The effect of stocking density and carbon sources on the oxidative status, and nonspecific immunity of nile tilapia (Oreochromis niloticus) reared under biofloc conditions

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Chiang Mai University

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Research Article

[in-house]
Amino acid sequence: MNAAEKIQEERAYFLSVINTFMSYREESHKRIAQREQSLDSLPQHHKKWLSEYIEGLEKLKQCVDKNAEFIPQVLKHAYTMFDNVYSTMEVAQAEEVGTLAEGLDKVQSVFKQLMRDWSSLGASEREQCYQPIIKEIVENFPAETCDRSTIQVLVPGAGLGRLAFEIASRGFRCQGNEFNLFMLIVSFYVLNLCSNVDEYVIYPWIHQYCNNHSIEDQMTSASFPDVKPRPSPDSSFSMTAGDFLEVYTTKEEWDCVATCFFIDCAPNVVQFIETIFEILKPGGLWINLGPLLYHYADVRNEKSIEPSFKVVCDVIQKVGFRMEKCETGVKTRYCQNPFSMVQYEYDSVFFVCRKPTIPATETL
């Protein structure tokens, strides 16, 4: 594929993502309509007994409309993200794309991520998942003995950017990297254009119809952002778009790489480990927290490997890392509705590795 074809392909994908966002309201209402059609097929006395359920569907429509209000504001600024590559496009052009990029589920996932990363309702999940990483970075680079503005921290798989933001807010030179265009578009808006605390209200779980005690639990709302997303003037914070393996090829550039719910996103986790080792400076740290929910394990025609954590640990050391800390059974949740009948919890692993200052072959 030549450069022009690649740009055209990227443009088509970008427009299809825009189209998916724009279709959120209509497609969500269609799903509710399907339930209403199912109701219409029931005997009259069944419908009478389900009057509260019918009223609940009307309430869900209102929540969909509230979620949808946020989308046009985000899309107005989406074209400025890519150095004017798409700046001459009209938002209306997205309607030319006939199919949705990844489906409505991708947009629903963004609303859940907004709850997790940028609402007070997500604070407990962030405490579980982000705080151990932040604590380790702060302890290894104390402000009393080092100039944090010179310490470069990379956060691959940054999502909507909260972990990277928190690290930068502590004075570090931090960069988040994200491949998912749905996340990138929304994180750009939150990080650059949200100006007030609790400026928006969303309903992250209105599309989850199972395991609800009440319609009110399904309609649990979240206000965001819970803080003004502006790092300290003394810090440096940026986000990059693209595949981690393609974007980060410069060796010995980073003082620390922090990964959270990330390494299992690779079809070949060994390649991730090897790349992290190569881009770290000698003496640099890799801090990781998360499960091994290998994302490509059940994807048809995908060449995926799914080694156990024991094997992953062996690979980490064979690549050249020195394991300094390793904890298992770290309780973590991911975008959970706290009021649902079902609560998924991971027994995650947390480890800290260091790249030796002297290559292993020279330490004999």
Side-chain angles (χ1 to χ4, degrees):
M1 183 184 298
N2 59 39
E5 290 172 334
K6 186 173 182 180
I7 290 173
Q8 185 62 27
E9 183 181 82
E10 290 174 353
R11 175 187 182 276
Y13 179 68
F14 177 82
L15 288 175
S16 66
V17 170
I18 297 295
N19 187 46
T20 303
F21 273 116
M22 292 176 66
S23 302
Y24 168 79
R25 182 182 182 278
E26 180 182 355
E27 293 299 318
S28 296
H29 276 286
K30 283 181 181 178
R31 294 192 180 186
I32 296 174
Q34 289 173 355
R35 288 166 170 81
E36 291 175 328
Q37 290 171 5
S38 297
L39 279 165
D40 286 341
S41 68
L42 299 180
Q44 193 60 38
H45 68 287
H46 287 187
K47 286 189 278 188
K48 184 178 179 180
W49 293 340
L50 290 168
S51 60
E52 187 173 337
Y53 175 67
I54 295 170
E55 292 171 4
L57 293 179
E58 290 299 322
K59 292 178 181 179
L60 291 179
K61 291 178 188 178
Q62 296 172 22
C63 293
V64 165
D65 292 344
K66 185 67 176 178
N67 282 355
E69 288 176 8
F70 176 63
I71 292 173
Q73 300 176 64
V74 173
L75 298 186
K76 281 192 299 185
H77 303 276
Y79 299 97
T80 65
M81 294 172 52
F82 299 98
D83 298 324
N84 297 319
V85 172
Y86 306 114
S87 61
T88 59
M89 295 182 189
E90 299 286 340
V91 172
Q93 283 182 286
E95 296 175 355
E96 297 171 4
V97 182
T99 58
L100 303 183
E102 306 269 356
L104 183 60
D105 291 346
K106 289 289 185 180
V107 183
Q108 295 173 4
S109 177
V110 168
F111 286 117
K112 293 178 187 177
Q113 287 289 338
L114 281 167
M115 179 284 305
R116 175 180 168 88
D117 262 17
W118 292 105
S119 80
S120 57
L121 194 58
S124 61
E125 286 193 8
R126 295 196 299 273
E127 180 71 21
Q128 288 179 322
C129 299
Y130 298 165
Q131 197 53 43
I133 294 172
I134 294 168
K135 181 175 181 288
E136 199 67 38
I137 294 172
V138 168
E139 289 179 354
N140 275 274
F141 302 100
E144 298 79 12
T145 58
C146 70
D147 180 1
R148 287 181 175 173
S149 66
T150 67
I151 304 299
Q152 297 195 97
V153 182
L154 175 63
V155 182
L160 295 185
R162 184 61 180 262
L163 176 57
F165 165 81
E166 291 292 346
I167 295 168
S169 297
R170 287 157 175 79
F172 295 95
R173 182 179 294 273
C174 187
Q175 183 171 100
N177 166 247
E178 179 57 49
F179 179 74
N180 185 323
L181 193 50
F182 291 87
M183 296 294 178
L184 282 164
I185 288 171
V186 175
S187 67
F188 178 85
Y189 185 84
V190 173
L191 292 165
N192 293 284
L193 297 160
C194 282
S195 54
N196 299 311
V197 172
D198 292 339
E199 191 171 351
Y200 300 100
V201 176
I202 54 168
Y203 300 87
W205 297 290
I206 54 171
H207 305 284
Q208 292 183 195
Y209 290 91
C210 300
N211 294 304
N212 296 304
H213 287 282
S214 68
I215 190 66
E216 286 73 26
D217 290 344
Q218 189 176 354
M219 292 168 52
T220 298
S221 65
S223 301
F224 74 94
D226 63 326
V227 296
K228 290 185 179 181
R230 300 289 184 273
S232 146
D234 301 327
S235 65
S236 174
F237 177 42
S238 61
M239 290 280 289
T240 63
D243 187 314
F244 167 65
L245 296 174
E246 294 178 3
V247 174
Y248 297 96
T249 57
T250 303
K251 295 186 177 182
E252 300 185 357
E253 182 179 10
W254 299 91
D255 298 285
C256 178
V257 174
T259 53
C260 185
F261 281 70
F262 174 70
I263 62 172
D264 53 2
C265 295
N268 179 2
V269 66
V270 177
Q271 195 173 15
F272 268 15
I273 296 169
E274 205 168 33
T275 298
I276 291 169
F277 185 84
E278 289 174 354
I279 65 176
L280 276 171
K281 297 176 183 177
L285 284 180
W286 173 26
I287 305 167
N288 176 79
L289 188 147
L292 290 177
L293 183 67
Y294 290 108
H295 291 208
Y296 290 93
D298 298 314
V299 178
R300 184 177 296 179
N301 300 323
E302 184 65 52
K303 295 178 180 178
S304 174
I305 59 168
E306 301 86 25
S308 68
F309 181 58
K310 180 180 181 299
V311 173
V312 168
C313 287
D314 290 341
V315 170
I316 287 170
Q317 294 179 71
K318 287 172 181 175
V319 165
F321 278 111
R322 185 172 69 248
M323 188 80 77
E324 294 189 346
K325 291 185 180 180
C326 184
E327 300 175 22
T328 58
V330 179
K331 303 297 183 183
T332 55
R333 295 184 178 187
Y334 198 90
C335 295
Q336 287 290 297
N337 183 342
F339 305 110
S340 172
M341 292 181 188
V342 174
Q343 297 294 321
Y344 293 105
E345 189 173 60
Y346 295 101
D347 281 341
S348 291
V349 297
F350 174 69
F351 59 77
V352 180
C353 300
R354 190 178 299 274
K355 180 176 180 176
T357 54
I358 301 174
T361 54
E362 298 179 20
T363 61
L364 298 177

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The present study investigated the effect of stocking density and dietary carbon sources on the water quality, oxidative status, and immune-related genes of Nile tilapia (Oreochromis niloticus) reared under biofloc conditions (BFT). Eight groups were established at two levels of stocking densities (140 fish per m3: low stocking density, LSD) and (280 fish per m3: high stocking density, HSD) (5.15 ± 1.12 g) and kept in eight biofloc units containing water without carbon sources (control groups) or with glycerol, molasses, or starch. Red blood cells count, hemoglobin, and hematocrit values were reduced in fish stocked in control groups at LSD and HSD than biofloc groups. Control fish groups reared at both LSD and HSD have the highest significant (p < 0.05) white blood cells number than other fish groups. Meanwhile, fish groups that received glycerol, molasses, and starch maintained in both LSD and HSD presented a higher significant (p < 0.05) monocyte % than in the control group reared at both LSD and HSD. The fish group reared in biofloc conditions (BFT) using starch carbon source and reared at the HSD presented a significantly higher (p < 0.05) increase in total serum protein and albumin levels as well as globulin value than the control fish group reared at both LSD and HSD. The highest glucose and cortisol levels were showed in the control fish group reared at both LSD and HSD. Fish maintained in glycerol-based biofloc at LSD attained the highest (p < 0.05) serum superoxide dismutase (SOD), glutathione reductase (GR), and catalase than other experimental groups. Regarding the nonspecific immune status, significantly increased expression of CC-chemokines, CXC-chemokines, TLR7 and IL-8 genes was found in molasses based biofloc groups. The data of the present study revealed that using molasses promotes health status of Nile tilapia cultured in a biofloc system.

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